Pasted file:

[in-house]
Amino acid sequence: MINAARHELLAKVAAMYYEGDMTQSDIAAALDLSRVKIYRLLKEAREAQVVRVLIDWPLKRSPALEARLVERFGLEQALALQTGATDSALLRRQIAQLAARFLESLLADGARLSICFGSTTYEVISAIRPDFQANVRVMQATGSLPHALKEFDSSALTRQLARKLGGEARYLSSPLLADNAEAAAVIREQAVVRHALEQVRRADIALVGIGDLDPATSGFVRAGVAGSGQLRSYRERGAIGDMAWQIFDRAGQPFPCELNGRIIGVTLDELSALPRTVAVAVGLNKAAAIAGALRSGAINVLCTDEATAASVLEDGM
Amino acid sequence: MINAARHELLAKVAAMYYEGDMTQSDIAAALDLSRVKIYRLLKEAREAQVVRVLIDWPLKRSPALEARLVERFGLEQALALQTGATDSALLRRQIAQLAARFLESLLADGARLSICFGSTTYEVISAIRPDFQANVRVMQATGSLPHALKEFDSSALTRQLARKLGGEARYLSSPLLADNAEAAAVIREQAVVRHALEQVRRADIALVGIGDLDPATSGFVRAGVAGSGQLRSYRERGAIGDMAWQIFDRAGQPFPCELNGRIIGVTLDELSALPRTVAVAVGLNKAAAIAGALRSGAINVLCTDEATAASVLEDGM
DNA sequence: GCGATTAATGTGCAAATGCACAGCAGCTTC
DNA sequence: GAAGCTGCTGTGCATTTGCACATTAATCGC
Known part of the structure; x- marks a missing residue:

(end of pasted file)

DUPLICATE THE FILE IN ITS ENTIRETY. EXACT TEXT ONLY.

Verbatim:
[in-house]
Amino acid sequence: MINAARHELLAKVAAMYYEGDMTQSDIAAALDLSRVKIYRLLKEAREAQVVRVLIDWPLKRSPALEARLVERFGLEQALALQTGATDSALLRRQIAQLAARFLESLLADGARLSICFGSTTYEVISAIRPDFQANVRVMQATGSLPHALKEFDSSALTRQLARKLGGEARYLSSPLLADNAEAAAVIREQAVVRHALEQVRRADIALVGIGDLDPATSGFVRAGVAGSGQLRSYRERGAIGDMAWQIFDRAGQPFPCELNGRIIGVTLDELSALPRTVAVAVGLNKAAAIAGALRSGAINVLCTDEATAASVLEDGM
Amino acid sequence: MINAARHELLAKVAAMYYEGDMTQSDIAAALDLSRVKIYRLLKEAREAQVVRVLIDWPLKRSPALEARLVERFGLEQALALQTGATDSALLRRQIAQLAARFLESLLADGARLSICFGSTTYEVISAIRPDFQANVRVMQATGSLPHALKEFDSSALTRQLARKLGGEARYLSSPLLADNAEAAAVIREQAVVRHALEQVRRADIALVGIGDLDPATSGFVRAGVAGSGQLRSYRERGAIGDMAWQIFDRAGQPFPCELNGRIIGVTLDELSALPRTVAVAVGLNKAAAIAGALRSGAINVLCTDEATAASVLEDGM
DNA sequence: GCGATTAATGTGCAAATGCACAGCAGCTTC
DNA sequence: GAAGCTGCTGTGCATTTGCACATTAATCGC
Known part of the structure; x- marks a missing residue: